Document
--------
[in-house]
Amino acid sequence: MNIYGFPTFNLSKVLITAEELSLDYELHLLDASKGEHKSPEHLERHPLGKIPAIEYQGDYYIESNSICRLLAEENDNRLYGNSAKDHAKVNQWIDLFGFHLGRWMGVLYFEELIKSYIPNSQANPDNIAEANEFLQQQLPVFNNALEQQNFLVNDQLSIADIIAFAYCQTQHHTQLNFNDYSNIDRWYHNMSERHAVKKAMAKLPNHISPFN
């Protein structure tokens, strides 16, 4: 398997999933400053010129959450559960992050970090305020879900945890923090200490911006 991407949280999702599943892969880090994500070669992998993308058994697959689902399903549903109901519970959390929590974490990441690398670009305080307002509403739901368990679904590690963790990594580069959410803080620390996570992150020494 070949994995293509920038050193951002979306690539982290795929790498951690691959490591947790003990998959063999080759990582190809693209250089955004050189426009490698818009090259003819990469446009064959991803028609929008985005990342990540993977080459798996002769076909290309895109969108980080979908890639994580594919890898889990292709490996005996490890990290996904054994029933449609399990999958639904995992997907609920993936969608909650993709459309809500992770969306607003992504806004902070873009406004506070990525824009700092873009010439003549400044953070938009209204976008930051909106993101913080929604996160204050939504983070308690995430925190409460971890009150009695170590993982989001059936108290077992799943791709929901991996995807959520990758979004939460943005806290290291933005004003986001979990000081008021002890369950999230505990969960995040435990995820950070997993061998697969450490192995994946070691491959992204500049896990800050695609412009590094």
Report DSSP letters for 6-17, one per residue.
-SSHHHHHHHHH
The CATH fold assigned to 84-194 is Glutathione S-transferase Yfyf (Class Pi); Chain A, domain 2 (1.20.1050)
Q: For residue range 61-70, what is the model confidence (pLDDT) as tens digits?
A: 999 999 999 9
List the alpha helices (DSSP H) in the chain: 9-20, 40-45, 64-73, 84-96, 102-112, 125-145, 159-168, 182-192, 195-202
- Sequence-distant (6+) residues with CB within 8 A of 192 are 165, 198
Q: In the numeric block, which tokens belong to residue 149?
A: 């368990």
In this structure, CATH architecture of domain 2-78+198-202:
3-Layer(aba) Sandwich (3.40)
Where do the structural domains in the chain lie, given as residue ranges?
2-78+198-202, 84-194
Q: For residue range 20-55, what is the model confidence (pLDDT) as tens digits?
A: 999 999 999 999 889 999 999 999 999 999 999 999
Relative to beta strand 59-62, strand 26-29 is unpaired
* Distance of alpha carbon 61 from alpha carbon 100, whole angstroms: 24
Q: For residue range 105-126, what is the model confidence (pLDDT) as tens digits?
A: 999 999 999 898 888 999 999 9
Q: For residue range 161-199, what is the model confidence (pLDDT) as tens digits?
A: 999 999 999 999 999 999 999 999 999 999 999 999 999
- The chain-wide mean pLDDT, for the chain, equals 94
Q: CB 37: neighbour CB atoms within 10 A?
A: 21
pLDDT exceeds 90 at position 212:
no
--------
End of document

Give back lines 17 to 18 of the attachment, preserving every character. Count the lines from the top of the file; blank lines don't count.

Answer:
Q: For residue range 20-55, what is the model confidence (pLDDT) as tens digits?
A: 999 999 999 999 889 999 999 999 999 999 999 999